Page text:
Assessment and determinants of whole blood and plasma fibrinolysis in patients with mild bleeding symptoms

Minka J. A. Vries*, Fraser Macrae, Patricia J. Nelemans, Gerhardus J. A. J. M. Kuiper, Rick J. H. Wetzels, Polly Bowman, Paul W. M. Verhezen, Hugo ten Cate, Robert A. S. Ariens, Yvonne M. C. Henskens

*Corresponding author for this work

Research output: Contribution to journalArticleAcademicpeer-review

4 Citations (Web of Science)

Abstract

Enhanced clot lysis is associated with bleeding, but assessment of lysis capacity remains difficult. The plasma turbidity lysis and whole blood tissue Plasminogen Activator-Rotational Thromboelastometry (tPA-ROTEM) assays estimate fibrinolysis under more physiological conditions than clinically used assays. We hypothesized that these assays could find signs of enhanced lysis capacity in patients who report bleeding symptoms, but are not diagnosed with bleeding disorders. We also aimed to gain insight in determinants of the results of these lysis assays. Data from 240 patients with and 95 patients without self-reported bleeding symptoms were obtained, who were included in a study that primarily aimed to assess prevalence of haemostatic abnormalities in pre-operative patients. ROTEM and turbidity assays were performed with rtPA. Blood counts, fibrinolysis and coagulation factor activities were determined. Data were analysed using multivariable linear regression models. Remarkably, patients reporting bleeding symptoms showed signs of significantly impaired lysis capacity in the tPA-ROTEM, but not in the turbidity lysis assay. In these patients, the tPA-ROTEM results depended on FII, FXII, plasminogen, alpha 2-antiplasmin, PAI-1 and TAFI levels. The turbidity lysis results were significantly influenced by fibrinogen, alpha 2-antiplasmin, PAI-1 and TAFI. In conclusion, the tPA-ROTEM and the turbidity lysis assay could not detect enhanced fibrinolytic capacity in patients with bleeding symptoms. This suggests that these symptoms are not caused by enhanced fibrinolytic activity. As both assays were sensitive to important determinants of fibrinolysis they may be able to detect a fibrinolytic imbalance, but this needs to be validated in patients with known hypo-or hyperfibrinolytic disorders.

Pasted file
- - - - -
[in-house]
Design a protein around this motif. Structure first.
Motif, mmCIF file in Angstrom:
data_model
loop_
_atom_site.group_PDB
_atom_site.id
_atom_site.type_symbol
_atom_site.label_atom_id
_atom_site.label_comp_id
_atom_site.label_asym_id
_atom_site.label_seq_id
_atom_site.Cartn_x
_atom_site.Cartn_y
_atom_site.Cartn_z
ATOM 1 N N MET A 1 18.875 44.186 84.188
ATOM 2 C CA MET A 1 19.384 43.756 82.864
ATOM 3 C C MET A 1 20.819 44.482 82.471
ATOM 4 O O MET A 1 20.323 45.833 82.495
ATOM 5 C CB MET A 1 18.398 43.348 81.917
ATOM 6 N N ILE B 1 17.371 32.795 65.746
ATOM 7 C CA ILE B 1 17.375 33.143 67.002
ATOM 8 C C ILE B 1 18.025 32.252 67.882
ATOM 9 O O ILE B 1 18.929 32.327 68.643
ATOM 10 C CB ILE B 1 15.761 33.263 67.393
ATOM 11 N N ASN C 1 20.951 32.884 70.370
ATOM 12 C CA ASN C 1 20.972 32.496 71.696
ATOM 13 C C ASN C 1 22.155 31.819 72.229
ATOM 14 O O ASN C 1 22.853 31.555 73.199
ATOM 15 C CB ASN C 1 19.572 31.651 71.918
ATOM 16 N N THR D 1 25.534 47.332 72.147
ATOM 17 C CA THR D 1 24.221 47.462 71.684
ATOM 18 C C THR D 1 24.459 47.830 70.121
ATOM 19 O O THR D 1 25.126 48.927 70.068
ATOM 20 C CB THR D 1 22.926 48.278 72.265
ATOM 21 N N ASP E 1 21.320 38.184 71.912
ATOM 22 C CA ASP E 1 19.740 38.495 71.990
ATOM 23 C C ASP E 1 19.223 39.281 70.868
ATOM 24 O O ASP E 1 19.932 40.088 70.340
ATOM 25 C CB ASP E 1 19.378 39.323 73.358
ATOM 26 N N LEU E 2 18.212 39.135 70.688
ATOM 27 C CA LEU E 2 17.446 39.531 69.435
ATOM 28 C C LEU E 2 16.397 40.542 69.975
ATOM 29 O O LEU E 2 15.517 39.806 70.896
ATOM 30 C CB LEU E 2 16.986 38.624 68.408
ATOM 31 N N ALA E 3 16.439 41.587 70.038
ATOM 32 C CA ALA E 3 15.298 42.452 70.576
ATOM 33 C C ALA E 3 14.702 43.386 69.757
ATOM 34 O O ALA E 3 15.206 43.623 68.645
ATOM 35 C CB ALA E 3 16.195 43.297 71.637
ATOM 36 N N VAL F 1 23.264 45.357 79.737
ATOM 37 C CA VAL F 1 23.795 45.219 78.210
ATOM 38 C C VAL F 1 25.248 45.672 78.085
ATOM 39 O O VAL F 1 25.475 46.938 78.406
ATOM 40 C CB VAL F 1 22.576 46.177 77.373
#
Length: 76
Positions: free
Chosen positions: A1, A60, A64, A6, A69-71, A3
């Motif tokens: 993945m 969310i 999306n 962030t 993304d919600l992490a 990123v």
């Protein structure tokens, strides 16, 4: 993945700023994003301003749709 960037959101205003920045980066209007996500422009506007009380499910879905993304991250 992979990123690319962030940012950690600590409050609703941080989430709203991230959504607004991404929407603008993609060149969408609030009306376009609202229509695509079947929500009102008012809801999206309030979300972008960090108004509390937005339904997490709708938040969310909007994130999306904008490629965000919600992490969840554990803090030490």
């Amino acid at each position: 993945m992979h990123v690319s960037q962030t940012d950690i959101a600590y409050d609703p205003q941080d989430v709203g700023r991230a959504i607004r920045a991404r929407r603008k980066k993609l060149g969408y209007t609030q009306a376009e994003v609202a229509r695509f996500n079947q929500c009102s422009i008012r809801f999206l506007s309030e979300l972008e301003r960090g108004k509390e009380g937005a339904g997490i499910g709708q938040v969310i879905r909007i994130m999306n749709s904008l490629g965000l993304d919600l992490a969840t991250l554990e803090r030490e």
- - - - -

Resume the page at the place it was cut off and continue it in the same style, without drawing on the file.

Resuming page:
Original languageEnglish
Pages (from-to)88-94
Number of pages7
JournalThrombosis Research
Volume174
DOIs
Publication statusPublished - Feb 2019

Keywords

  • Fibrinolysis
  • Bleeding
  • Diagnostic techniques
  • Rotational thromboelastometry
  • Turbidity
  • FACTOR-XII
  • THROMBIN GENERATION
  • PLASMINOGEN
  • INSIGHTS
  • POLYPHOSPHATE
  • INHIBITION
  • SYSTEM
  • LYSIS

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